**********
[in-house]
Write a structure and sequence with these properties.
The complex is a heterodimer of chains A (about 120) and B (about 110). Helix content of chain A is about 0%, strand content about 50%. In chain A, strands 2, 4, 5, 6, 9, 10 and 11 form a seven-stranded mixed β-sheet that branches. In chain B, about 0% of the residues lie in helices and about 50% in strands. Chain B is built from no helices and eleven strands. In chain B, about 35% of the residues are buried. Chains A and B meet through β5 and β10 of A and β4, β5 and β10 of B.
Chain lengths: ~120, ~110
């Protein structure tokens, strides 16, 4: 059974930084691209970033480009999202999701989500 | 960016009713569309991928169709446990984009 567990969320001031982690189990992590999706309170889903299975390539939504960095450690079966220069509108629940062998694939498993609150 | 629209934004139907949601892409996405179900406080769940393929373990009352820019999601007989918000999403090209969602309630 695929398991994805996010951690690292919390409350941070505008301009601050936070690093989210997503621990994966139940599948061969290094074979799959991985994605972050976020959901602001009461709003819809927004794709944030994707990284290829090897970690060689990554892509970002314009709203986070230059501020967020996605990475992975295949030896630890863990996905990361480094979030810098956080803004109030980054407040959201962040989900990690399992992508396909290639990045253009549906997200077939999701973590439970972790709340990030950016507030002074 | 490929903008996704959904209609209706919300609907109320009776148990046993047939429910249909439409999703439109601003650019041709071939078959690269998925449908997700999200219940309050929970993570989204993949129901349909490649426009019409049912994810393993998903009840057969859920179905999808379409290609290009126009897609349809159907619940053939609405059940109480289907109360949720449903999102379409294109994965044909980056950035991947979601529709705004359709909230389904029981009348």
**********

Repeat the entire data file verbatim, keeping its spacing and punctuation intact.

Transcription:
[in-house]
Write a structure and sequence with these properties.
The complex is a heterodimer of chains A (about 120) and B (about 110). Helix content of chain A is about 0%, strand content about 50%. In chain A, strands 2, 4, 5, 6, 9, 10 and 11 form a seven-stranded mixed β-sheet that branches. In chain B, about 0% of the residues lie in helices and about 50% in strands. Chain B is built from no helices and eleven strands. In chain B, about 35% of the residues are buried. Chains A and B meet through β5 and β10 of A and β4, β5 and β10 of B.
Chain lengths: ~120, ~110
């Protein structure tokens, strides 16, 4: 059974930084691209970033480009999202999701989500 | 960016009713569309991928169709446990984009 567990969320001031982690189990992590999706309170889903299975390539939504960095450690079966220069509108629940062998694939498993609150 | 629209934004139907949601892409996405179900406080769940393929373990009352820019999601007989918000999403090209969602309630 695929398991994805996010951690690292919390409350941070505008301009601050936070690093989210997503621990994966139940599948061969290094074979799959991985994605972050976020959901602001009461709003819809927004794709944030994707990284290829090897970690060689990554892509970002314009709203986070230059501020967020996605990475992975295949030896630890863990996905990361480094979030810098956080803004109030980054407040959201962040989900990690399992992508396909290639990045253009549906997200077939999701973590439970972790709340990030950016507030002074 | 490929903008996704959904209609209706919300609907109320009776148990046993047939429910249909439409999703439109601003650019041709071939078959690269998925449908997700999200219940309050929970993570989204993949129901349909490649426009019409049912994810393993998903009840057969859920179905999808379409290609290009126009897609349809159907619940053939609405059940109480289907109360949720449903999102379409294109994965044909980056950035991947979601529709705004359709909230389904029981009348």